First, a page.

How to Plant Sudan Grass

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Sudan grass is grown for cover crops, silage and hay.
Sudan grass is grown for cover crops, silage and hay. (Image: Jupiterimages/Photos.com/Getty Images)

Sudan grass is a warm-weather annual that achieves 6 to 8 feet in height. The grass is utilized as an organic cover crop, hay or silage material. Sudan grass will die when subjected to a heavy frost. The seed has a high germination rate, 95 percent, when subjected to a constant 68 degrees Fahrenheit for a period of six days. Daytime temperatures that exceed 104 F greatly reduce the germination rate of the newly planted seed. Sudan grass seed is best planted after all danger of frost has passed and soil temperatures exceed 60 F.

Things You'll Need

  • Soil test
  • Tractor with plow or rototiller
  • Nitrogen fertilizer
  • Garden rake or mechanical leveler
  • Sudan grass seed
  • Seed broadcaster

Collect soil from several locations around the Sudan grass planting area. Combine the soil together and allow it to dry. Deliver the soil sample to your local agricultural extension service for nitrogen analysis.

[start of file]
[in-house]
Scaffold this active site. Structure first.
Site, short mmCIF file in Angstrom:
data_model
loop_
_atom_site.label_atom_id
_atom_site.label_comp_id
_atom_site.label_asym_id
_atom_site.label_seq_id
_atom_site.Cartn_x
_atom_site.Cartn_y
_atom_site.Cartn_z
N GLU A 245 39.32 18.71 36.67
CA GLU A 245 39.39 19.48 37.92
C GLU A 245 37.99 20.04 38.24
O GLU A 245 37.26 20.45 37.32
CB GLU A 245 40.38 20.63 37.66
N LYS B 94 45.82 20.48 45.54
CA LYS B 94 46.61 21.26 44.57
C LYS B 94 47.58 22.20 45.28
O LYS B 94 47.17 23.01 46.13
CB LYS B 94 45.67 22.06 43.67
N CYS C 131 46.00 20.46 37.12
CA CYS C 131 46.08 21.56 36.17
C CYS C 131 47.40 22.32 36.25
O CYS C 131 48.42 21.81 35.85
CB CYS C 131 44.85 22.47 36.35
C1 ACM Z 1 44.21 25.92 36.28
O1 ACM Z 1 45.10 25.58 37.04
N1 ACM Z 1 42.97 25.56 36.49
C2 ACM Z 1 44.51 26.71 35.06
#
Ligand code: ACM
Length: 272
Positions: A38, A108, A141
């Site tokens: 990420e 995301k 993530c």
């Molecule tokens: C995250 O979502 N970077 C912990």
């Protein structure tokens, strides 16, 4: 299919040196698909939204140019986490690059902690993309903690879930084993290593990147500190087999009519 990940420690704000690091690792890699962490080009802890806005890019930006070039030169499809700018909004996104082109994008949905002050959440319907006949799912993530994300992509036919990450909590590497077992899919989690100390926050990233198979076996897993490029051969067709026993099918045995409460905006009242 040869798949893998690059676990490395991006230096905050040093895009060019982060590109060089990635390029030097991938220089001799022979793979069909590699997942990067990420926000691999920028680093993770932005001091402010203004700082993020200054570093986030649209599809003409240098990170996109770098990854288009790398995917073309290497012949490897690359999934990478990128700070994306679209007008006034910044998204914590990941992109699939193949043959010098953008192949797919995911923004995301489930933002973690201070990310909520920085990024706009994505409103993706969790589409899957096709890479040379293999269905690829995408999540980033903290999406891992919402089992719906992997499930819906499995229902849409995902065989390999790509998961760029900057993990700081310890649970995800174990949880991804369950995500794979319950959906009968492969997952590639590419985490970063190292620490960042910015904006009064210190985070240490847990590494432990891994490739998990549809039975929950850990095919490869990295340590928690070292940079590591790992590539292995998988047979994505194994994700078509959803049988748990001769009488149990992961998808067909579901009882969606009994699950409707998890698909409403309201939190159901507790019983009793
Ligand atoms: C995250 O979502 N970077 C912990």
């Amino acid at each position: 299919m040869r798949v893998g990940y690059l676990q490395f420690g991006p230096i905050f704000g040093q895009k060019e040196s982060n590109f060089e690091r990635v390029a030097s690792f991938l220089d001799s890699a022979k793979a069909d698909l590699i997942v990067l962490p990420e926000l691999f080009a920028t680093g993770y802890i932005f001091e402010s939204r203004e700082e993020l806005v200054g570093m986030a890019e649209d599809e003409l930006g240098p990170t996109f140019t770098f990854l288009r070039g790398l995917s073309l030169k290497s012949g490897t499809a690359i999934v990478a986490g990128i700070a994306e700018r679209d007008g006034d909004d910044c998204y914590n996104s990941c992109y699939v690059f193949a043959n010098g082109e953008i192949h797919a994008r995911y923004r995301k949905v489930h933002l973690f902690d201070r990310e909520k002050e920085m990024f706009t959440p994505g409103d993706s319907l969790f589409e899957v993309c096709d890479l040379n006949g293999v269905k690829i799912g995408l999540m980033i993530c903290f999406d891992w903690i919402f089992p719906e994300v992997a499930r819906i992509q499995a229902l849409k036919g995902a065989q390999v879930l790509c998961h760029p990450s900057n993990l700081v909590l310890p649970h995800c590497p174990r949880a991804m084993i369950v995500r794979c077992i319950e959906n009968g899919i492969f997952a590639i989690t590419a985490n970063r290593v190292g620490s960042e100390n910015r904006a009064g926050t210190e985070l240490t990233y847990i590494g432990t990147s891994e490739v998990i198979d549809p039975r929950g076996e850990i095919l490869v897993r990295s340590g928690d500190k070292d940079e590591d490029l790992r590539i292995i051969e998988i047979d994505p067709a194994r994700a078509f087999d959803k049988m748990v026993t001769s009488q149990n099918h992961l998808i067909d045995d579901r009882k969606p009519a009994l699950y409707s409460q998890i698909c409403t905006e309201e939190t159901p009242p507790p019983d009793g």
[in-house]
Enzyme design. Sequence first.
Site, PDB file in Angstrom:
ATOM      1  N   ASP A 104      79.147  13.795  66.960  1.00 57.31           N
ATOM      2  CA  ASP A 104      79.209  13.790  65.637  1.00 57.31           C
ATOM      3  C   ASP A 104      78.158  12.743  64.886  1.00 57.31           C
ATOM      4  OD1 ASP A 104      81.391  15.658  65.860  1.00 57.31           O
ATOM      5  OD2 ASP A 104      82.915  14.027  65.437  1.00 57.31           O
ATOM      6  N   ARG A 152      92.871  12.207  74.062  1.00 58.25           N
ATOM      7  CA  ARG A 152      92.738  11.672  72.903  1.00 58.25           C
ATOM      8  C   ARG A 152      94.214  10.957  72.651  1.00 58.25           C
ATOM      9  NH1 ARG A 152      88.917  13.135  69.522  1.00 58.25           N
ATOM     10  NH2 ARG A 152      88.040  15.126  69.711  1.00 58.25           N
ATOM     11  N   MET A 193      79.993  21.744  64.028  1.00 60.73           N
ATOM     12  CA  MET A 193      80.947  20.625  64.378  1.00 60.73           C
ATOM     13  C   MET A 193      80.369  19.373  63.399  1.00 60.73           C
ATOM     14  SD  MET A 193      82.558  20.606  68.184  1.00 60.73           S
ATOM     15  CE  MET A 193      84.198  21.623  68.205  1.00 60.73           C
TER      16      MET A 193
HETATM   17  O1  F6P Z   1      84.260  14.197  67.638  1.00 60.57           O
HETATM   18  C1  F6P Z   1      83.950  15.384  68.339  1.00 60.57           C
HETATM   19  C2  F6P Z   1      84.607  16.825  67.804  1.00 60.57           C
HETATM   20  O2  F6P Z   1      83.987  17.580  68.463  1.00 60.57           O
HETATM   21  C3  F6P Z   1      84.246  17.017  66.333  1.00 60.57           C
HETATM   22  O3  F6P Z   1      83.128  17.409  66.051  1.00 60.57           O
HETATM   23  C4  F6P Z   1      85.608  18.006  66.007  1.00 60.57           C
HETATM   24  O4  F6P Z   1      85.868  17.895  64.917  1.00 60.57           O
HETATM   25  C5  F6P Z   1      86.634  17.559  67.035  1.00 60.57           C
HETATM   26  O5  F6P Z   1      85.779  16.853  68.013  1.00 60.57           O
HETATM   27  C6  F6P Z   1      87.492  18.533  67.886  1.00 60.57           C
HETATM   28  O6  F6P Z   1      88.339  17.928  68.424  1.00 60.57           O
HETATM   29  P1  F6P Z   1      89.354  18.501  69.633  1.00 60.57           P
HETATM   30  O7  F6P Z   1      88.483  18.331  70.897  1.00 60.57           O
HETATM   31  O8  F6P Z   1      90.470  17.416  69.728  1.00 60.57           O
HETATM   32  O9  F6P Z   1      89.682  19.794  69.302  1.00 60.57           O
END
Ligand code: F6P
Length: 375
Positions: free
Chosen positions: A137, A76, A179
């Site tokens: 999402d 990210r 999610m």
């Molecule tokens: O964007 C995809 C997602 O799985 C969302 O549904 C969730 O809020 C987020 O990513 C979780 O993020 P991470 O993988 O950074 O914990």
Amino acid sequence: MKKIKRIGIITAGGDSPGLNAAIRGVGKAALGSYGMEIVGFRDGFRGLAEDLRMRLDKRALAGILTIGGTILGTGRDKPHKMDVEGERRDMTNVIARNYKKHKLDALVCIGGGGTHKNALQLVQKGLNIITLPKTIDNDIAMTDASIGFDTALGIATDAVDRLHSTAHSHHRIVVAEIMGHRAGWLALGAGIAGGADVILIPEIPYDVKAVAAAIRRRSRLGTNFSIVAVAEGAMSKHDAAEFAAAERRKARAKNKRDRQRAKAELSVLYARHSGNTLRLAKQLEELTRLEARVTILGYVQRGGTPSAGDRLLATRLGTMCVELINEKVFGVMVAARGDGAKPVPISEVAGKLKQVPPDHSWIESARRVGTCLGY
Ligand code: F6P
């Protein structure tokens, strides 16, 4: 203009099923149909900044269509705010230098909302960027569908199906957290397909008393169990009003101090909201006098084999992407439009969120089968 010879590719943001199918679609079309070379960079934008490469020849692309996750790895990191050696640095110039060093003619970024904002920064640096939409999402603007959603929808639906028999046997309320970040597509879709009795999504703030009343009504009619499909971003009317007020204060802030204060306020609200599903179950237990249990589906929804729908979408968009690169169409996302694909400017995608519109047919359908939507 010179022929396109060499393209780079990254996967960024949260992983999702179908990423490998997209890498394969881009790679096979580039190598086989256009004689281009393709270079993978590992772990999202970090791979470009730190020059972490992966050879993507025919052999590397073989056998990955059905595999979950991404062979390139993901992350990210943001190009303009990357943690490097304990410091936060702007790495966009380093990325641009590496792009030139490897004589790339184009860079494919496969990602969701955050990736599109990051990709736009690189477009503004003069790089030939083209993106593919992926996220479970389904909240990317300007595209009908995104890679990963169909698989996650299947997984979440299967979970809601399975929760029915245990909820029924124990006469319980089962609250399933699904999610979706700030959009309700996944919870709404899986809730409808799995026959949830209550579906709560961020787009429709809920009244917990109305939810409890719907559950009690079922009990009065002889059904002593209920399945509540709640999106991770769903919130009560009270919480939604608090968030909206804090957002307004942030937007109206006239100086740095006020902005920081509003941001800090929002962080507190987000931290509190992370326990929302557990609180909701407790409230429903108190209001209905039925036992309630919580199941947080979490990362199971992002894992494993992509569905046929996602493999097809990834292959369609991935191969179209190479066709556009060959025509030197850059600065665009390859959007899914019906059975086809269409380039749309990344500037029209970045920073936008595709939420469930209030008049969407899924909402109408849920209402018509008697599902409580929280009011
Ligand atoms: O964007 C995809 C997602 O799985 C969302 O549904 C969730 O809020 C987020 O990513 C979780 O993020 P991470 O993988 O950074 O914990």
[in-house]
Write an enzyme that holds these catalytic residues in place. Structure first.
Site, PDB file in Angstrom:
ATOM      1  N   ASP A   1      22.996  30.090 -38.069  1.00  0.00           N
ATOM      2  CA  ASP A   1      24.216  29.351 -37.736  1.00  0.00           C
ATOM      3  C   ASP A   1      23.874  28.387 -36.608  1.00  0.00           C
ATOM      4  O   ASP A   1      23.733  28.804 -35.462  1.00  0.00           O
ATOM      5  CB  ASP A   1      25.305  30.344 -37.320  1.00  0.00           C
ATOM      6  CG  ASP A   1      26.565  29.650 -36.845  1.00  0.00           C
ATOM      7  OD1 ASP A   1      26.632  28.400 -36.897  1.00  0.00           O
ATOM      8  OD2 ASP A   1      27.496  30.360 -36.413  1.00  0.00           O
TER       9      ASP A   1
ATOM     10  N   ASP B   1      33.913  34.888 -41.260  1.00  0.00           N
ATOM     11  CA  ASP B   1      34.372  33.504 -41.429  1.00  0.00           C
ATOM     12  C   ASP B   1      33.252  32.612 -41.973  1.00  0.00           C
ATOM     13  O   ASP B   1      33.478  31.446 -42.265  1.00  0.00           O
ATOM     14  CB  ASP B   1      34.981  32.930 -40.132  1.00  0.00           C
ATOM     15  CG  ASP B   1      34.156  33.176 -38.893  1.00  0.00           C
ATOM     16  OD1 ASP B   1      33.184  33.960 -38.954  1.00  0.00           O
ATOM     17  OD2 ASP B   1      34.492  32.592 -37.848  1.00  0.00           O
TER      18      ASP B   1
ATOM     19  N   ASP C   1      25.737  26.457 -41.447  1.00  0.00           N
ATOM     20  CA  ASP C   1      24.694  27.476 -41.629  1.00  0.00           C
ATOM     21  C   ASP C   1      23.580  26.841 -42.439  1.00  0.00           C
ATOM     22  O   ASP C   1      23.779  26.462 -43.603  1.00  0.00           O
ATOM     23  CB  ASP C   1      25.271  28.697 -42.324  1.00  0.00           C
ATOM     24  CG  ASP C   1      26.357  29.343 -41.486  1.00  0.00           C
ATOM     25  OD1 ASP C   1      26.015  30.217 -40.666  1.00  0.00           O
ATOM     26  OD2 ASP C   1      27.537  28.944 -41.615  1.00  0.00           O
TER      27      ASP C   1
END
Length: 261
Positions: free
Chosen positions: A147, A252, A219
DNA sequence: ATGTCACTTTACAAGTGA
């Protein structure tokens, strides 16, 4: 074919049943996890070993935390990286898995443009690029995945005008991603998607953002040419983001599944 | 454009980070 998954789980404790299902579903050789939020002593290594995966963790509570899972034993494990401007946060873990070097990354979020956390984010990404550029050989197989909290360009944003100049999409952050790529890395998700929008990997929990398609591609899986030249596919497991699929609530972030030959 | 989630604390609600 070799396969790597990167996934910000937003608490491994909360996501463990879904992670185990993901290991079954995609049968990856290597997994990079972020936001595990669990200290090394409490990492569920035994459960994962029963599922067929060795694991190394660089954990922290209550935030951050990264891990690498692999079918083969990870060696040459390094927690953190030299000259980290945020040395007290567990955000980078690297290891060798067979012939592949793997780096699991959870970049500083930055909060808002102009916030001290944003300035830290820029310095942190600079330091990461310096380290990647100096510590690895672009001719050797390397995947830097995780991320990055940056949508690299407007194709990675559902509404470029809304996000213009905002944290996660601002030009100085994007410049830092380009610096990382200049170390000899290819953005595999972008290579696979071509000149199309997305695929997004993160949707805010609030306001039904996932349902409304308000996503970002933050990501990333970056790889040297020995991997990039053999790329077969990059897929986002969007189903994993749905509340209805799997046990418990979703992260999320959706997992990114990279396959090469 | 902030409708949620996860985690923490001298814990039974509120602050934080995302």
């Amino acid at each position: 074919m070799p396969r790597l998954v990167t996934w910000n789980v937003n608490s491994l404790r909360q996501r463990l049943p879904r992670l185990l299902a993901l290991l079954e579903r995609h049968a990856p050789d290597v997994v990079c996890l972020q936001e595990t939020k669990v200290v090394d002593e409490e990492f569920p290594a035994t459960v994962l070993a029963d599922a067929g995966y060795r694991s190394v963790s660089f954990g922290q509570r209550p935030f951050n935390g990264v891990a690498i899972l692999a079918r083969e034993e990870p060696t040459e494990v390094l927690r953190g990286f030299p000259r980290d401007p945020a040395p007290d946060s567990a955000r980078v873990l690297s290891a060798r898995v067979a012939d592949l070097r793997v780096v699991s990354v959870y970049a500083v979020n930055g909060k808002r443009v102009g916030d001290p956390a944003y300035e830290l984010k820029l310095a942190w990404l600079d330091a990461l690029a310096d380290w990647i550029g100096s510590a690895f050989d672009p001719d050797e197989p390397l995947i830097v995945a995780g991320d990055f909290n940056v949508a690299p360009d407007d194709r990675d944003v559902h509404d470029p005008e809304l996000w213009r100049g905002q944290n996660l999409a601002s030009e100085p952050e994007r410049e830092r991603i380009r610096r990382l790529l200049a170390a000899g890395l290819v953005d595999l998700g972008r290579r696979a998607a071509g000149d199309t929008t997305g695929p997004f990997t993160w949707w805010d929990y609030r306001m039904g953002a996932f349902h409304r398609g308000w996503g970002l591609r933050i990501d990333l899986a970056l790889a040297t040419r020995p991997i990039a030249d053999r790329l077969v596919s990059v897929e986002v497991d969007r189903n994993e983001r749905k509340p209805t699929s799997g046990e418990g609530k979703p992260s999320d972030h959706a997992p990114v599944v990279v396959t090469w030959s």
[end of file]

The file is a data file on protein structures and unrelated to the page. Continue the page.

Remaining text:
Cultivate the area to remove all existing vegetation. Use a rototiller on small plots and a tractor and plow for larger areas.

Apply the recommended amounts of nitrogen fertilizer based on the soil-test results. Incorporate the fertilizer into the soil using the same cultivation method.

Level the soil as much as possible using a garden rake for small plots and a mechanical leveler pulled by the tractor for large fields. High and low spots in the soil will cause uneven growth in the Sudan grass.

Broadcast the Sudan grass seed at a rate of 120 to 150 lbs. per acre for hay and 20 to 60 lbs. per acre for a cover crop. Density seed rates depend fully on the types of soil in the field or small plot. Consult your soil test for further seeding recommendations.

Tips & Warnings

  • 120 to 150 lbs. of Sudan grass seed per acre equals 3 to 3.5 lbs. per 1,000 square feet.

References

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